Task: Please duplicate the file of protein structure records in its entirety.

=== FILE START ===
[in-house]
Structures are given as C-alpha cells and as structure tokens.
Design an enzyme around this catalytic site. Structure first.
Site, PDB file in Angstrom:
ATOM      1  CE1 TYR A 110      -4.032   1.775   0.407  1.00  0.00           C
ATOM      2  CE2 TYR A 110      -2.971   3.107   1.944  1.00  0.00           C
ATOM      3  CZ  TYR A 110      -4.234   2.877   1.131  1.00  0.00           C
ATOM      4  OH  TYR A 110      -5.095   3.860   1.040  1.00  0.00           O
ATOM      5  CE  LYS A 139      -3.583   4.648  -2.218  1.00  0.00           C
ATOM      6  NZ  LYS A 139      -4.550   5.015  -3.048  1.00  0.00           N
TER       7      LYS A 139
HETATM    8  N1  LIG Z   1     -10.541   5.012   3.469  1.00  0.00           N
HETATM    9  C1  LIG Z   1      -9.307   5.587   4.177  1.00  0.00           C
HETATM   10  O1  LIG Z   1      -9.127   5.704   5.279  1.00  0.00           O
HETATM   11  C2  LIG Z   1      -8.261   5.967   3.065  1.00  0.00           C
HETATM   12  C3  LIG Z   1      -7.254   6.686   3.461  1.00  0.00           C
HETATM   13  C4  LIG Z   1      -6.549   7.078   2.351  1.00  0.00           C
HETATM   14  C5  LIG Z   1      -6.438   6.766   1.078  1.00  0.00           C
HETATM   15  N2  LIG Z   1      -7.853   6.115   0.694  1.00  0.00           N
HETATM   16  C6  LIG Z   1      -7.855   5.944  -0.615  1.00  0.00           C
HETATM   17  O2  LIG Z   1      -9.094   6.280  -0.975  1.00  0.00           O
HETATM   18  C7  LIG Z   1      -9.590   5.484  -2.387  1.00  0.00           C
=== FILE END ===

[in-house]
Structures are given as C-alpha cells and as structure tokens.
Design an enzyme around this catalytic site. Structure first.
Site, PDB file in Angstrom:
ATOM      1  CE1 TYR A 110      -4.032   1.775   0.407  1.00  0.00           C
ATOM      2  CE2 TYR A 110      -2.971   3.107   1.944  1.00  0.00           C
ATOM      3  CZ  TYR A 110      -4.234   2.877   1.131  1.00  0.00           C
ATOM      4  OH  TYR A 110      -5.095   3.860   1.040  1.00  0.00           O
ATOM      5  CE  LYS A 139      -3.583   4.648  -2.218  1.00  0.00           C
ATOM      6  NZ  LYS A 139      -4.550   5.015  -3.048  1.00  0.00           N
TER       7      LYS A 139
HETATM    8  N1  LIG Z   1     -10.541   5.012   3.469  1.00  0.00           N
HETATM    9  C1  LIG Z   1      -9.307   5.587   4.177  1.00  0.00           C
HETATM   10  O1  LIG Z   1      -9.127   5.704   5.279  1.00  0.00           O
HETATM   11  C2  LIG Z   1      -8.261   5.967   3.065  1.00  0.00           C
HETATM   12  C3  LIG Z   1      -7.254   6.686   3.461  1.00  0.00           C
HETATM   13  C4  LIG Z   1      -6.549   7.078   2.351  1.00  0.00           C
HETATM   14  C5  LIG Z   1      -6.438   6.766   1.078  1.00  0.00           C
HETATM   15  N2  LIG Z   1      -7.853   6.115   0.694  1.00  0.00           N
HETATM   16  C6  LIG Z   1      -7.855   5.944  -0.615  1.00  0.00           C
HETATM   17  O2  LIG Z   1      -9.094   6.280  -0.975  1.00  0.00           O
HETATM   18  C7  LIG Z   1      -9.590   5.484  -2.387  1.00  0.00           C